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41 Percent of U.S. Adults Have Forgone In-Person Medical Care During COVID

It may be time to reevaluate your medical visits in the months ahead

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By mid-pandemic, an estimated 41 percent of U.S. adults — about 105 million people — had forgone in-person medical care, be it routine or emergency, according to the Centers for Disease Control and Prevention (CDC). Elective surgeries were mostly shut down, and millions of people simply stayed away from doctors’ offices. Here's what to ask yourself if you, too, avoided care this past year.

The Key Question

Am I taking my important daily medications?

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About 37 percent of primary care physicians reported that their patients who had chronic conditions were in “noticeably worse health resulting from the pandemic,” according to a November survey. That makes sense: During the early months of COVID, routine health screenings dropped by more than half. One study found that renewal rates on a number of prescription drugs, particularly statins and arthritis medications, decreased significantly in the first few months of lockdown.

Test yourself: The medicine cabinet inventory

This is simple. Do you have an ample supply of all the medicines and supplements your doctor wants you to take? And, more important, are you actually taking them? Generally speaking, if you maintained your regular medications throughout the pandemic, and your conditions, like high blood pressure or type 2 diabetes, are well controlled, you should be fine. But if you didn't or you've put on weight and become more sedentary during the past year, you should reach out to your doctor about options.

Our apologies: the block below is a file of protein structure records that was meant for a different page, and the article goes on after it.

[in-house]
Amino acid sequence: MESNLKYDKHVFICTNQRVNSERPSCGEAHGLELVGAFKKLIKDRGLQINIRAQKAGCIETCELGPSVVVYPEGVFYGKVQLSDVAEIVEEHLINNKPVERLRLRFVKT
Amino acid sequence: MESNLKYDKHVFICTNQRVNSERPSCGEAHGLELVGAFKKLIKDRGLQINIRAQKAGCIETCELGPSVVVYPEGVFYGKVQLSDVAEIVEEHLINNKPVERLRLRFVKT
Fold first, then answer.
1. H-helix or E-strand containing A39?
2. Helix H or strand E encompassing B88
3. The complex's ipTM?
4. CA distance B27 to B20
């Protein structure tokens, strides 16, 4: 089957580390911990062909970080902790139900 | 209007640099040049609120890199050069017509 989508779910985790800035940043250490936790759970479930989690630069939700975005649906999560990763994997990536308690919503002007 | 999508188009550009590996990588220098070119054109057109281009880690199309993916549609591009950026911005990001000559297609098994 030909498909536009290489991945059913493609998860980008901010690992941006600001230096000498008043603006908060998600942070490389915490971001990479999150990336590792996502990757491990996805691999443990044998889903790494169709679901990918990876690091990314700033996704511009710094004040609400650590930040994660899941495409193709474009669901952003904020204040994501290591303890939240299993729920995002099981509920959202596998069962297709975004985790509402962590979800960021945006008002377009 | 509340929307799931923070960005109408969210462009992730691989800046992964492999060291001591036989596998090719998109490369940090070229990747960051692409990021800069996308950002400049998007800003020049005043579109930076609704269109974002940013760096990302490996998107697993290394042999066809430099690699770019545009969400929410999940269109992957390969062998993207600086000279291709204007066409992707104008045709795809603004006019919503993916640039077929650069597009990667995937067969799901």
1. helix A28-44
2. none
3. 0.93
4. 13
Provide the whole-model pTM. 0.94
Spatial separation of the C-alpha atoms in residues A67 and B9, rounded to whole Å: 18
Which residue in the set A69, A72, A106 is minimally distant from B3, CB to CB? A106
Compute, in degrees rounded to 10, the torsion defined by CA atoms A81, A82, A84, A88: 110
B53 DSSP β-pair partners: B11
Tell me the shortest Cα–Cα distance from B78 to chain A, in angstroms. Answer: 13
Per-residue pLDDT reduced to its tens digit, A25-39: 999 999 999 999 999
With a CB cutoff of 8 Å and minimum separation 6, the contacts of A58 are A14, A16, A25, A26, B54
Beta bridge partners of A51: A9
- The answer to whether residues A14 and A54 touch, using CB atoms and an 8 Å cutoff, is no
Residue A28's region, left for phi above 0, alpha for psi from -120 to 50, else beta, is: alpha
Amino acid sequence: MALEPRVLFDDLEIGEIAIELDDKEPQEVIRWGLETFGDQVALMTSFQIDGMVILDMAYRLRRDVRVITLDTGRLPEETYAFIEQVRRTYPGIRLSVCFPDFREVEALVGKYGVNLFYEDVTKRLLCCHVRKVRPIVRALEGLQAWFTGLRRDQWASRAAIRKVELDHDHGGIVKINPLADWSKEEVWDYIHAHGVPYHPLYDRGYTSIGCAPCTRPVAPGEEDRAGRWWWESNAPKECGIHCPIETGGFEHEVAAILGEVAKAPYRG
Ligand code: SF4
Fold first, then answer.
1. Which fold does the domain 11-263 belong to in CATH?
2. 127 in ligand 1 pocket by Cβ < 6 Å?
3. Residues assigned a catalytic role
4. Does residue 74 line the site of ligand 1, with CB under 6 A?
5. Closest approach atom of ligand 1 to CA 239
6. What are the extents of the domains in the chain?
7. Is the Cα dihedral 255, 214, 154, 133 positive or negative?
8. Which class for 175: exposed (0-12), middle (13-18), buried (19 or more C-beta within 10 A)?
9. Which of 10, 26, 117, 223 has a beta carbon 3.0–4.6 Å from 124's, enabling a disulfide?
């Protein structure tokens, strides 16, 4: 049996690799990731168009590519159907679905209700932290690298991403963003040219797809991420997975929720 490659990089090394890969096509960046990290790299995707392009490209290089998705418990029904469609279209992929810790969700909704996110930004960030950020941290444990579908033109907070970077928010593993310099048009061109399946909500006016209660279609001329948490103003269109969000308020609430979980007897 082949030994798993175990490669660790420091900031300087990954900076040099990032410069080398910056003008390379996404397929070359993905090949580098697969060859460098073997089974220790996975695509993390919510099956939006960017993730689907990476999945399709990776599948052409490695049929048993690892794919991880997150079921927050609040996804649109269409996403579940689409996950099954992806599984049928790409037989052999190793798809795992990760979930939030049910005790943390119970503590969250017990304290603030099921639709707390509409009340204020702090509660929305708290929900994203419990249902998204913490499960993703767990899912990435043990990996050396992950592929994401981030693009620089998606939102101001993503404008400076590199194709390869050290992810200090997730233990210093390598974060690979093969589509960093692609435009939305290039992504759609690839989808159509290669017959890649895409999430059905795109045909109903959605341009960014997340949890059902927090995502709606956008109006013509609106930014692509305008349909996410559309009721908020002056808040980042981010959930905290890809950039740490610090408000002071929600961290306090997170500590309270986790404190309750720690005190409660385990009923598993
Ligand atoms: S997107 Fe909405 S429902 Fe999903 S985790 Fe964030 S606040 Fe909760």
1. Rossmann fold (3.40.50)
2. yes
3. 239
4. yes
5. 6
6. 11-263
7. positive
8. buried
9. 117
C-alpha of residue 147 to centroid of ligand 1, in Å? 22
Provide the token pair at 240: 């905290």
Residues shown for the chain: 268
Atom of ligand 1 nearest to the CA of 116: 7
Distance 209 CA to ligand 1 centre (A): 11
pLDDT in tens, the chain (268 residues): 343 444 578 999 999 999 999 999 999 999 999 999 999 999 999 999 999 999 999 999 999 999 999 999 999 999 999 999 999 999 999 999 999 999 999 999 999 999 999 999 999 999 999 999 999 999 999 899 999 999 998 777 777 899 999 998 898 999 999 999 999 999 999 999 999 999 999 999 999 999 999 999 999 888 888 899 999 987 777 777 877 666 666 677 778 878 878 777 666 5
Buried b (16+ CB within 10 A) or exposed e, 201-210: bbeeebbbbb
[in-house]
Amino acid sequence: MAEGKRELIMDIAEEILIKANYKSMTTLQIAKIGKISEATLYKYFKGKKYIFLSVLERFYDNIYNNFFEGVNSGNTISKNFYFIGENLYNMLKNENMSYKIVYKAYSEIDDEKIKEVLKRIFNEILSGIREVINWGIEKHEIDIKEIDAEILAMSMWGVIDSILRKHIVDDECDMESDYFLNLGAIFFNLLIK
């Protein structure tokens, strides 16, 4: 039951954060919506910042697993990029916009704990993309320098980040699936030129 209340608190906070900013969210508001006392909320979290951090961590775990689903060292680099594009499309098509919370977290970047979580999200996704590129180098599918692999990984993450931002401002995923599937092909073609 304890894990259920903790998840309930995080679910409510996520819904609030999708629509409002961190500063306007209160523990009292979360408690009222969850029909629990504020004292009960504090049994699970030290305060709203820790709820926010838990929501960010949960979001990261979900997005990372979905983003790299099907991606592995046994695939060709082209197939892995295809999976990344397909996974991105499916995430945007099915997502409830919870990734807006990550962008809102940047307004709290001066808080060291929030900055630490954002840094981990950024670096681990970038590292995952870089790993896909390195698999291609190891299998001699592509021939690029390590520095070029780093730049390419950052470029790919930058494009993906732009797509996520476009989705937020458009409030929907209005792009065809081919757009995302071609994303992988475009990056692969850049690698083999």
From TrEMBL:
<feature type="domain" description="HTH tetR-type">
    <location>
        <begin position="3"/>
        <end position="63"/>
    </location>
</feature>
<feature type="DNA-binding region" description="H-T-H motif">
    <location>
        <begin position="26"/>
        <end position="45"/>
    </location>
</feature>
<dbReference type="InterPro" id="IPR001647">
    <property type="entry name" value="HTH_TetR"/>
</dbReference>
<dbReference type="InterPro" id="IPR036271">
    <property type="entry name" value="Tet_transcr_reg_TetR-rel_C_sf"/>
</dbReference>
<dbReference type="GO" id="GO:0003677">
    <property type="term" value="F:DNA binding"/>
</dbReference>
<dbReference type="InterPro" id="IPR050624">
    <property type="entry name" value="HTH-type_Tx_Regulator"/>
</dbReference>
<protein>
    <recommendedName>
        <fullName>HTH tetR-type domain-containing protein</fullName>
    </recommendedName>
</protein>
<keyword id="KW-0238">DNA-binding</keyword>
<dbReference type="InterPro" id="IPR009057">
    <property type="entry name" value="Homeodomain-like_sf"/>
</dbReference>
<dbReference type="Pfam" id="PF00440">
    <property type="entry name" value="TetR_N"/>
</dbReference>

A 2020 study of more than 3 million people, median age 72, found that nearly half took more than five daily prescription medications (known as polypharmacy).

Three catch-up medical visits to schedule

  • Cancer screenings

Blood Pressure Monitoring

If you use a home blood pressure monitor, next time measure both arms. A review of 24 studies in the journal Hypertension looked at blood pressure tests on 53,000 people. It found that those with systolic readings differing by 5 mm Hg or more between arms had higher rates of cardiovascular death, even in those who had no preexisting heart disease. If you notice a difference, talk to your doctor.

A 2020 survey by the Epic Health Research Network revealed missed screenings nationwide totaling 285,000 for breast cancer, 95,000 for colon and 40,000 for cervical. These represent roughly a two-thirds drop overall for each in the first months of the pandemic. These numbers have rebounded, and now that vaccinations are becoming more widespread, it's time to call your doctor, especially if you're high risk.

However, it is important to note that research has shown that older people can “overscreen” for certain cancers — women over age 65 have aged out of cervical screening, for example, and those ages 74 to 75, for breast and colorectal cancer — but you also want to be smart about it. Talk with your doctor about what you need (and don't), especially if you're high risk.

  • Vision maintenance

If you already wear glasses or contacts and they haven't broken or gone missing, you probably haven't thought much about your eye doctor in the past year — like a lot of people. There were an estimated 44 percent fewer ophthalmology visits and procedures done from March to July 2020 than during the same months in 2019 — one of the biggest dips for any medical subspecialty, according to an analysis by Strata Decision Technology. Schedule a comprehensive vision test for 2021.

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  • Dentist

Dentists on the whole have done very well protecting their patients and themselves from COVID-19, with infection rates below 1 percent among dentists, according to the American Dental Association.

Mike Zimmerman is the author of more than a dozen books on health, fitness and nutrition.

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